BERLIN (Reuters) - German Interior Minister Thomas de Maiziere wants to turn away migrants at the border if they clearly have no chance of gaining asylum, a regional newspaper reported, citing a draft bill from his ministry.
Passauer Neue Presse cited the draft bill as saying that like at airports, transit zones should be set up at land border crossings so that the asylum process can be carried out before a decision is made on whether migrants can enter Germany or not.
“That should create the possibility to deny entry at land borders as well in cases of inadmissibility or where an asylum application is clearly unfounded,” the newspaper cited the draft bill as saying.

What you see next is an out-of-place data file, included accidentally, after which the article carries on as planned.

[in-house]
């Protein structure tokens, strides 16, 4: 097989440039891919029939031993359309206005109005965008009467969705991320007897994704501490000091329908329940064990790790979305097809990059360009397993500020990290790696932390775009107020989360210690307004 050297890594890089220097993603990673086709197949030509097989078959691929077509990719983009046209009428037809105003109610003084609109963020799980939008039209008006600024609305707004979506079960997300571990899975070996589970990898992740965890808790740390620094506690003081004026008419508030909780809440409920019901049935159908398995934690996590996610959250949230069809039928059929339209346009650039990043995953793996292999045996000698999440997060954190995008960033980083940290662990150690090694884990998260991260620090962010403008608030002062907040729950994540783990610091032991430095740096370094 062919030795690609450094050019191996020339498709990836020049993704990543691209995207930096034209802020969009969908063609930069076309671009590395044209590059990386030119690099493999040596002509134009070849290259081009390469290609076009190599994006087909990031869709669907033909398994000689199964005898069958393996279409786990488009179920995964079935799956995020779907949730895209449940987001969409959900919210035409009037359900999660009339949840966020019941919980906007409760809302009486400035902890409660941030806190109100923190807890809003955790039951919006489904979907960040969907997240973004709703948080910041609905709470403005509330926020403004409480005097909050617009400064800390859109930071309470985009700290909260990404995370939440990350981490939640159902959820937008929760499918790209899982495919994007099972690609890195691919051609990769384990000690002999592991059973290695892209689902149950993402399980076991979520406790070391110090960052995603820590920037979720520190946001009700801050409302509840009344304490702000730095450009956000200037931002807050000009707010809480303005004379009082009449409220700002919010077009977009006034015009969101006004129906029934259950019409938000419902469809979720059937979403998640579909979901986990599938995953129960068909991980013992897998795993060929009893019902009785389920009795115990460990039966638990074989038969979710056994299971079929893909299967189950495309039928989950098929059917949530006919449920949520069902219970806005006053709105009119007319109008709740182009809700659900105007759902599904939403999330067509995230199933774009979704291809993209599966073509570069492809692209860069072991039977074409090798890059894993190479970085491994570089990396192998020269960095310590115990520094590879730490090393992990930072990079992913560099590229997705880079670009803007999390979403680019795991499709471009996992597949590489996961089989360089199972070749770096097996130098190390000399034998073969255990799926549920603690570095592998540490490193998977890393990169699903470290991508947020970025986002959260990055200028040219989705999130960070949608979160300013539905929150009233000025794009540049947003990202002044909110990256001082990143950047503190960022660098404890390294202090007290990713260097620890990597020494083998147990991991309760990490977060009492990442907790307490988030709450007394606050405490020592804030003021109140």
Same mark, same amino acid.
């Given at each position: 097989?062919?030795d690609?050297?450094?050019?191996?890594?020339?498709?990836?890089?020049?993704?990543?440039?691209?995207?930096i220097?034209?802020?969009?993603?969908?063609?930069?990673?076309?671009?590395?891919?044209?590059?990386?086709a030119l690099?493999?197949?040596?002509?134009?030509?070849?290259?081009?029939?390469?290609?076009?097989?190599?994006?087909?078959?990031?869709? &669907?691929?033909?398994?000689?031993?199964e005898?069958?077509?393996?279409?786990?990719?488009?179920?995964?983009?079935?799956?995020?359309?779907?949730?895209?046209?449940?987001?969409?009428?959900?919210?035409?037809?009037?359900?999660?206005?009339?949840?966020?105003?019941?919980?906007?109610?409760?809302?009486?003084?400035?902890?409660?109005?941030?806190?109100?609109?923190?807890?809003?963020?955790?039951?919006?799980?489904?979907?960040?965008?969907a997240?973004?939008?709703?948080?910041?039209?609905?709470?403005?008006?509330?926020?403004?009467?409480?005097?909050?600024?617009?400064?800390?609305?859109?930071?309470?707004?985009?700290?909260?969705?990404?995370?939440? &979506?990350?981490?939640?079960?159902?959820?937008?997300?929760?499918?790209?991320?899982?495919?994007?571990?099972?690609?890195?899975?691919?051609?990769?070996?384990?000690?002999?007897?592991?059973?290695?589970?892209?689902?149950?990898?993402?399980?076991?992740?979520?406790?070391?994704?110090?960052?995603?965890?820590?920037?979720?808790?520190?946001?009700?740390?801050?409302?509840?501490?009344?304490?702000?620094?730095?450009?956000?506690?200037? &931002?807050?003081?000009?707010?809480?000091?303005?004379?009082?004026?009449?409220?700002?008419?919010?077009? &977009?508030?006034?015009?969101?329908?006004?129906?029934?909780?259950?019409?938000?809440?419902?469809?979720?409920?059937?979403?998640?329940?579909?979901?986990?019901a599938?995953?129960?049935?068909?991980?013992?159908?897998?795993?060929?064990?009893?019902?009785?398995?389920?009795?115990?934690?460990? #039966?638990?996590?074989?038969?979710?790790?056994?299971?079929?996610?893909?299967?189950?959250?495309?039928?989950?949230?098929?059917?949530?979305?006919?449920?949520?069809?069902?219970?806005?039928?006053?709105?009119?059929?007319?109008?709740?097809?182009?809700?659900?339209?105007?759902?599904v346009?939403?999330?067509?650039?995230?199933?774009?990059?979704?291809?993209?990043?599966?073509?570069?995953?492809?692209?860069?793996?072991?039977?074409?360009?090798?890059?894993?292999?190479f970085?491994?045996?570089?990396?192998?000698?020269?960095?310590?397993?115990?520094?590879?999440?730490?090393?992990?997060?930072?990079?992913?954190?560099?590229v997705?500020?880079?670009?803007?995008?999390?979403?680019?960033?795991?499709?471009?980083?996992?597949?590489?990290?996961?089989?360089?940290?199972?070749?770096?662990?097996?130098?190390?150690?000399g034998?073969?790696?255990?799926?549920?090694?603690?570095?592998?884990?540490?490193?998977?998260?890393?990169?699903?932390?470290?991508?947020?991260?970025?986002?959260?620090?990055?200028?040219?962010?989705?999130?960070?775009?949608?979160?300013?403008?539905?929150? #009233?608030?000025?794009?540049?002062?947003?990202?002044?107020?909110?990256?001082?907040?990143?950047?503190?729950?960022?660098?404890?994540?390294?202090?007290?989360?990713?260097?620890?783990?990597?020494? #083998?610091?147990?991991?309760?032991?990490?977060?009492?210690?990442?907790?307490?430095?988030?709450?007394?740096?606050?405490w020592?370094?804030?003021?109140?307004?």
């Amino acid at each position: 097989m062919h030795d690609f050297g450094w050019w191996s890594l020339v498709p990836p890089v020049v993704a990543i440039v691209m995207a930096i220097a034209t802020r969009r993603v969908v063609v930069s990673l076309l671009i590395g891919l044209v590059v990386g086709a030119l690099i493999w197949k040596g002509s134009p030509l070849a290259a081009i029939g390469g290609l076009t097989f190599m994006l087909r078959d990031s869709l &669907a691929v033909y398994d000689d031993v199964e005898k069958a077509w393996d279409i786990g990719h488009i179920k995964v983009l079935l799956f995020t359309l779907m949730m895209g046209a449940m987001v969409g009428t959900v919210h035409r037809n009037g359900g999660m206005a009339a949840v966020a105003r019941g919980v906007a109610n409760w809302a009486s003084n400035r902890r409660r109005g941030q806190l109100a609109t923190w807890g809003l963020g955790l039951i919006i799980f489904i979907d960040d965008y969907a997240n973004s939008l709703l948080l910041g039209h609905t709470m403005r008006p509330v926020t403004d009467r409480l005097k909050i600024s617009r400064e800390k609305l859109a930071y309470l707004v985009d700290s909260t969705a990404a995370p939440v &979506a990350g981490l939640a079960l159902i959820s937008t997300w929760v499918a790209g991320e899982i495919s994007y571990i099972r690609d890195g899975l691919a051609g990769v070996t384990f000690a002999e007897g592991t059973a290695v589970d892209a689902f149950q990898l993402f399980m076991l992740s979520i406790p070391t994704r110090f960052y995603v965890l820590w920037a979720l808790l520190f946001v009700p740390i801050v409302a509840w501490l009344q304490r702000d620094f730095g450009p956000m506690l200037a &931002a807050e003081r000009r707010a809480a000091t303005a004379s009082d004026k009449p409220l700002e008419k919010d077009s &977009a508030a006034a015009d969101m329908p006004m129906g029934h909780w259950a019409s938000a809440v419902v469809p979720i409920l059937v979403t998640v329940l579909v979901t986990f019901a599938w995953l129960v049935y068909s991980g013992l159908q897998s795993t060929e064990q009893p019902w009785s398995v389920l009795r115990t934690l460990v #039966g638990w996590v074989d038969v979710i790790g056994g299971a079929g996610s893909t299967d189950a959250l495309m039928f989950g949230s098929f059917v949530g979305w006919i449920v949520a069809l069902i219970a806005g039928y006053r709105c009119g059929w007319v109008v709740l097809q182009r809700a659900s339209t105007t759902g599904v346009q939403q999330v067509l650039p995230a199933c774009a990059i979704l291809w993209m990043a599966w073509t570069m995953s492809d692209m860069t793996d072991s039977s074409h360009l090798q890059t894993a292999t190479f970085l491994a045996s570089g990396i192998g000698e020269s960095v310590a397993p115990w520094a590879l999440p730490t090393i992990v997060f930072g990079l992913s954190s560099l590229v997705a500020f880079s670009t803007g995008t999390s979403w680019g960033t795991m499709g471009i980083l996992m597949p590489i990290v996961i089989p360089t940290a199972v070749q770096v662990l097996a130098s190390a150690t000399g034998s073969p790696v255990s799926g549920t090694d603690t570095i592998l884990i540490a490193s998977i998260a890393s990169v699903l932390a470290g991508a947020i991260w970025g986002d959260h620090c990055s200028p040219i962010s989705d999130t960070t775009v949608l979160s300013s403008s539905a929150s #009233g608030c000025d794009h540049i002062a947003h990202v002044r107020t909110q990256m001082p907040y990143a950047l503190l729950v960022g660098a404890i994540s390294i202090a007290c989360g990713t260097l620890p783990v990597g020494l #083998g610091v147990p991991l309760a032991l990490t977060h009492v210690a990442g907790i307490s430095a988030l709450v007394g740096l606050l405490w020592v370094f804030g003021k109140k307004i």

In cases where an asylum application was not clearly unfounded, the migrant would be allowed in, it said, and in cases where a decision on entry could not be made within a week or accommodation could not be provided at the border, the migrant would be allowed in, according to the draft bill.
Unaccompanied minors and people with particular needs would also be generally exempted from the border procedure, it said.
De Maiziere, speaking on German broadcaster ZDF on Thursday evening, said this new rules would only used to speed up the processing of clearly unfounded applications, such as those from the western Balkans, but it would also send a “signal”.
Reporting by Michelle Martin; Editing by Louise Ireland